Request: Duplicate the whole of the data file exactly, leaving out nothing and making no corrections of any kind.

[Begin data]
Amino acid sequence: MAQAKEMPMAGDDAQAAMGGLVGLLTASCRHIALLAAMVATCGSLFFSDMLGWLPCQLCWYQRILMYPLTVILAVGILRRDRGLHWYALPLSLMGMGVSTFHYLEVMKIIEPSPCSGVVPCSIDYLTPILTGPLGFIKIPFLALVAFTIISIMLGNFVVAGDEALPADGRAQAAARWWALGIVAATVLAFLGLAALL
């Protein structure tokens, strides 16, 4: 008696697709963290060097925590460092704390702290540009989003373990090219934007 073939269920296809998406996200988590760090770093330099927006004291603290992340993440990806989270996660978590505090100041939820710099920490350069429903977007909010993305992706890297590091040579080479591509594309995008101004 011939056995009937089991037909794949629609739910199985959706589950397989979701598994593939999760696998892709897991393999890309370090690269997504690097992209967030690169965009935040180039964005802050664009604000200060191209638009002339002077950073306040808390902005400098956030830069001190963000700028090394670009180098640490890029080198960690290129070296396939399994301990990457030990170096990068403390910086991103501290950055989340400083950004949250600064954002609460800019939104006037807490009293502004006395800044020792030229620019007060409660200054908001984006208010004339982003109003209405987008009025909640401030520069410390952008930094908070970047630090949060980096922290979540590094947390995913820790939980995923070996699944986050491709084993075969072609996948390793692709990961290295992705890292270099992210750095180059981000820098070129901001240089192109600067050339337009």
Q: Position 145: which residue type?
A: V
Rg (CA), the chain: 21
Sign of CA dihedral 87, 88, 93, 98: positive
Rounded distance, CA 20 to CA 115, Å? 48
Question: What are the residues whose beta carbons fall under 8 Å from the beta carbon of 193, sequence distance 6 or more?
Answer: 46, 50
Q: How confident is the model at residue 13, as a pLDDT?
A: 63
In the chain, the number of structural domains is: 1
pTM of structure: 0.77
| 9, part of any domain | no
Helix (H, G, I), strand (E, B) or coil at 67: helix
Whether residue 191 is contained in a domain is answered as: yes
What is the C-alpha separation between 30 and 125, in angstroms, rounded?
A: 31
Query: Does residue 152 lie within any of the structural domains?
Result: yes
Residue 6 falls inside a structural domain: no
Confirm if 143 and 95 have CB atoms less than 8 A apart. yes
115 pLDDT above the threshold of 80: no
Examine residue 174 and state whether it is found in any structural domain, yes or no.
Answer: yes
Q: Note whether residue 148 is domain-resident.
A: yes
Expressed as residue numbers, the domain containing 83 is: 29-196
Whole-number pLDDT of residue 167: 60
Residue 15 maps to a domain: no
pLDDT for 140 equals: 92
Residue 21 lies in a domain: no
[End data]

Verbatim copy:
Amino acid sequence: MAQAKEMPMAGDDAQAAMGGLVGLLTASCRHIALLAAMVATCGSLFFSDMLGWLPCQLCWYQRILMYPLTVILAVGILRRDRGLHWYALPLSLMGMGVSTFHYLEVMKIIEPSPCSGVVPCSIDYLTPILTGPLGFIKIPFLALVAFTIISIMLGNFVVAGDEALPADGRAQAAARWWALGIVAATVLAFLGLAALL
């Protein structure tokens, strides 16, 4: 008696697709963290060097925590460092704390702290540009989003373990090219934007 073939269920296809998406996200988590760090770093330099927006004291603290992340993440990806989270996660978590505090100041939820710099920490350069429903977007909010993305992706890297590091040579080479591509594309995008101004 011939056995009937089991037909794949629609739910199985959706589950397989979701598994593939999760696998892709897991393999890309370090690269997504690097992209967030690169965009935040180039964005802050664009604000200060191209638009002339002077950073306040808390902005400098956030830069001190963000700028090394670009180098640490890029080198960690290129070296396939399994301990990457030990170096990068403390910086991103501290950055989340400083950004949250600064954002609460800019939104006037807490009293502004006395800044020792030229620019007060409660200054908001984006208010004339982003109003209405987008009025909640401030520069410390952008930094908070970047630090949060980096922290979540590094947390995913820790939980995923070996699944986050491709084993075969072609996948390793692709990961290295992705890292270099992210750095180059981000820098070129901001240089192109600067050339337009």
Q: Position 145: which residue type?
A: V
Rg (CA), the chain: 21
Sign of CA dihedral 87, 88, 93, 98: positive
Rounded distance, CA 20 to CA 115, Å? 48
Question: What are the residues whose beta carbons fall under 8 Å from the beta carbon of 193, sequence distance 6 or more?
Answer: 46, 50
Q: How confident is the model at residue 13, as a pLDDT?
A: 63
In the chain, the number of structural domains is: 1
pTM of structure: 0.77
| 9, part of any domain | no
Helix (H, G, I), strand (E, B) or coil at 67: helix
Whether residue 191 is contained in a domain is answered as: yes
What is the C-alpha separation between 30 and 125, in angstroms, rounded?
A: 31
Query: Does residue 152 lie within any of the structural domains?
Result: yes
Residue 6 falls inside a structural domain: no
Confirm if 143 and 95 have CB atoms less than 8 A apart. yes
115 pLDDT above the threshold of 80: no
Examine residue 174 and state whether it is found in any structural domain, yes or no.
Answer: yes
Q: Note whether residue 148 is domain-resident.
A: yes
Expressed as residue numbers, the domain containing 83 is: 29-196
Whole-number pLDDT of residue 167: 60
Residue 15 maps to a domain: no
pLDDT for 140 equals: 92
Residue 21 lies in a domain: no